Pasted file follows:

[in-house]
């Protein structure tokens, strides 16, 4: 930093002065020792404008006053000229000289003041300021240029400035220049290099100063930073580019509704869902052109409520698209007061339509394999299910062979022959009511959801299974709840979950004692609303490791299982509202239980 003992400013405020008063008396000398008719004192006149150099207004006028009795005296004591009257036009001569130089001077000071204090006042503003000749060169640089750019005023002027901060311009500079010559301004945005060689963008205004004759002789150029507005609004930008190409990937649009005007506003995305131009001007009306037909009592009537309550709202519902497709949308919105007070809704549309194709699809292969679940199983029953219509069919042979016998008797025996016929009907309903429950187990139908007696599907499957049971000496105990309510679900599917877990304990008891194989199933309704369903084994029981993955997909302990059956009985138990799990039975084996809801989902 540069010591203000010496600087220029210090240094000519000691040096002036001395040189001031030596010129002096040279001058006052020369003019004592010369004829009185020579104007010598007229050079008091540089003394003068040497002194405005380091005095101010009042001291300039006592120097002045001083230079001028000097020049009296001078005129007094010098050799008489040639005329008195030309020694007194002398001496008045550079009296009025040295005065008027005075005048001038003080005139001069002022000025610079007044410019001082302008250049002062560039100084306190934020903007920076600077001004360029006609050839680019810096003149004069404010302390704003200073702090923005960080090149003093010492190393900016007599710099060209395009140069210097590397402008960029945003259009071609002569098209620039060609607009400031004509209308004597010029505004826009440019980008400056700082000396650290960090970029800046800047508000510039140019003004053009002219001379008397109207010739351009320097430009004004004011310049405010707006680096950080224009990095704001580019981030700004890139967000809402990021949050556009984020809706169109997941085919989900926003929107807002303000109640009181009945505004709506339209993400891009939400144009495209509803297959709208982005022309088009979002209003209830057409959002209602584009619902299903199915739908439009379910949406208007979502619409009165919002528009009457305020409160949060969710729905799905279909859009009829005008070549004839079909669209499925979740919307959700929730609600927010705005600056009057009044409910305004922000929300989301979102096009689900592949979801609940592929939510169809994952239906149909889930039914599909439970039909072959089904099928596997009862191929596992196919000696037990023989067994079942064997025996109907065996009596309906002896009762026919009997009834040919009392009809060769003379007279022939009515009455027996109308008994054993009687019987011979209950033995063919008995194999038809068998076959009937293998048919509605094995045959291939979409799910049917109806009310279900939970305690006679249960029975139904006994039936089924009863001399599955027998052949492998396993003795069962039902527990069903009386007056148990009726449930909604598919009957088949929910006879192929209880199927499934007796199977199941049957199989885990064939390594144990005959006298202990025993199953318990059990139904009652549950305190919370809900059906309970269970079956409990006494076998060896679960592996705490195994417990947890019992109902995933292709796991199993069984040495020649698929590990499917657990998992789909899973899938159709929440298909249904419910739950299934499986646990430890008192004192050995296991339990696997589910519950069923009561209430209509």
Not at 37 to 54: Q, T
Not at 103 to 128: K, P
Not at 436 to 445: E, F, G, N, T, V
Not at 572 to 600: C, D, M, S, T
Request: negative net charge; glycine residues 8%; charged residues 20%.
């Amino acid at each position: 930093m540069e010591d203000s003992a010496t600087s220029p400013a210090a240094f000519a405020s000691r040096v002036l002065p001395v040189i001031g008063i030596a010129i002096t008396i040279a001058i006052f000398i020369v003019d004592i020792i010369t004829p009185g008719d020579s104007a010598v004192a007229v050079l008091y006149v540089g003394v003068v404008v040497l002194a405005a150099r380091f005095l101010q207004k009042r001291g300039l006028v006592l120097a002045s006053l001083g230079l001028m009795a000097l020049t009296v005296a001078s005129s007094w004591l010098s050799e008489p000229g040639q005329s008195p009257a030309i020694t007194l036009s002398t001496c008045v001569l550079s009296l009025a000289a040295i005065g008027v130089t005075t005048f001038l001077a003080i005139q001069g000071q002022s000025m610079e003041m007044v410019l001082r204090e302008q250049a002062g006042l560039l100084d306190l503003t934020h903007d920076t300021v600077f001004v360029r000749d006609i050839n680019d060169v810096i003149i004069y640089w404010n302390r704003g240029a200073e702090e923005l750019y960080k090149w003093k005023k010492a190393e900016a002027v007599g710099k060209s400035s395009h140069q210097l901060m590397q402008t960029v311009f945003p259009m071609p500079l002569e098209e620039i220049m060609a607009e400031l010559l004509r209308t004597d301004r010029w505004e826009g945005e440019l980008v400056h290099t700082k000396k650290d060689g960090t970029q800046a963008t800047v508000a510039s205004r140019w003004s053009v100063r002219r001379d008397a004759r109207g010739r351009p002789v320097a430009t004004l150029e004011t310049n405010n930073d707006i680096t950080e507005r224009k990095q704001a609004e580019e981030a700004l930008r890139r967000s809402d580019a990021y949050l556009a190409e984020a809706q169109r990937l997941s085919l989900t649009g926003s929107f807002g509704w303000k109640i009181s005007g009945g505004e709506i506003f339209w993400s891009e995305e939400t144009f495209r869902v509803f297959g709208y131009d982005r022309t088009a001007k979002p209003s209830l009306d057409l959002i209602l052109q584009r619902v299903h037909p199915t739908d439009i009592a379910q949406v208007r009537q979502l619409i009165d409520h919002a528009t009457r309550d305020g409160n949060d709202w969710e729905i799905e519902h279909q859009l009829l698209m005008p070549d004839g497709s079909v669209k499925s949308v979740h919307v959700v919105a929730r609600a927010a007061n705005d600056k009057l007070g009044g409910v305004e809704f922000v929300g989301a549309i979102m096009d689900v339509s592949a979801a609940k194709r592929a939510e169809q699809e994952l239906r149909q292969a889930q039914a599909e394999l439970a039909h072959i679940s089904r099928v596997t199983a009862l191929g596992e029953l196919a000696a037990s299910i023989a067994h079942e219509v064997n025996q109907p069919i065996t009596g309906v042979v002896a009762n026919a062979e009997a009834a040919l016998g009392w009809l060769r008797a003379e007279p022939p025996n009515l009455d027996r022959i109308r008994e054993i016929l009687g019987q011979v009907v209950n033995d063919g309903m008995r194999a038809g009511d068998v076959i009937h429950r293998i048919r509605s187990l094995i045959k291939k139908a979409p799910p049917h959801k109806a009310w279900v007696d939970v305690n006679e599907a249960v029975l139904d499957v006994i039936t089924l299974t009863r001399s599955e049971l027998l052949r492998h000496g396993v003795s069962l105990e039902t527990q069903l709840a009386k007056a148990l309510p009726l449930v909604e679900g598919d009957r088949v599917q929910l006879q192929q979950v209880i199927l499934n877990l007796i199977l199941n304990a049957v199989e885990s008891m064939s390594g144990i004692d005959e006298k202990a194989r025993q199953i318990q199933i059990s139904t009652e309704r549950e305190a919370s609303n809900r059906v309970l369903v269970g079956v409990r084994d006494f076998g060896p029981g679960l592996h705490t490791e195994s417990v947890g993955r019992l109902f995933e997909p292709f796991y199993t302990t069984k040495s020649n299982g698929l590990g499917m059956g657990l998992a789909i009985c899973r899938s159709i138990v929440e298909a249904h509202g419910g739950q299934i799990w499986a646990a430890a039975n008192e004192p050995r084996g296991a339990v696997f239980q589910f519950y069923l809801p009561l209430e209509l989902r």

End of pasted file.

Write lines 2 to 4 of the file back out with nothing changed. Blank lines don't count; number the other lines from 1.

């Protein structure tokens, strides 16, 4: 930093002065020792404008006053000229000289003041300021240029400035220049290099100063930073580019509704869902052109409520698209007061339509394999299910062979022959009511959801299974709840979950004692609303490791299982509202239980 003992400013405020008063008396000398008719004192006149150099207004006028009795005296004591009257036009001569130089001077000071204090006042503003000749060169640089750019005023002027901060311009500079010559301004945005060689963008205004004759002789150029507005609004930008190409990937649009005007506003995305131009001007009306037909009592009537309550709202519902497709949308919105007070809704549309194709699809292969679940199983029953219509069919042979016998008797025996016929009907309903429950187990139908007696599907499957049971000496105990309510679900599917877990304990008891194989199933309704369903084994029981993955997909302990059956009985138990799990039975084996809801989902 540069010591203000010496600087220029210090240094000519000691040096002036001395040189001031030596010129002096040279001058006052020369003019004592010369004829009185020579104007010598007229050079008091540089003394003068040497002194405005380091005095101010009042001291300039006592120097002045001083230079001028000097020049009296001078005129007094010098050799008489040639005329008195030309020694007194002398001496008045550079009296009025040295005065008027005075005048001038003080005139001069002022000025610079007044410019001082302008250049002062560039100084306190934020903007920076600077001004360029006609050839680019810096003149004069404010302390704003200073702090923005960080090149003093010492190393900016007599710099060209395009140069210097590397402008960029945003259009071609002569098209620039060609607009400031004509209308004597010029505004826009440019980008400056700082000396650290960090970029800046800047508000510039140019003004053009002219001379008397109207010739351009320097430009004004004011310049405010707006680096950080224009990095704001580019981030700004890139967000809402990021949050556009984020809706169109997941085919989900926003929107807002303000109640009181009945505004709506339209993400891009939400144009495209509803297959709208982005022309088009979002209003209830057409959002209602584009619902299903199915739908439009379910949406208007979502619409009165919002528009009457305020409160949060969710729905799905279909859009009829005008070549004839079909669209499925979740919307959700929730609600927010705005600056009057009044409910305004922000929300989301979102096009689900592949979801609940592929939510169809994952239906149909889930039914599909439970039909072959089904099928596997009862191929596992196919000696037990023989067994079942064997025996109907065996009596309906002896009762026919009997009834040919009392009809060769003379007279022939009515009455027996109308008994054993009687019987011979209950033995063919008995194999038809068998076959009937293998048919509605094995045959291939979409799910049917109806009310279900939970305690006679249960029975139904006994039936089924009863001399599955027998052949492998396993003795069962039902527990069903009386007056148990009726449930909604598919009957088949929910006879192929209880199927499934007796199977199941049957199989885990064939390594144990005959006298202990025993199953318990059990139904009652549950305190919370809900059906309970269970079956409990006494076998060896679960592996705490195994417990947890019992109902995933292709796991199993069984040495020649698929590990499917657990998992789909899973899938159709929440298909249904419910739950299934499986646990430890008192004192050995296991339990696997589910519950069923009561209430209509």
Not at 37 to 54: Q, T
Not at 103 to 128: K, P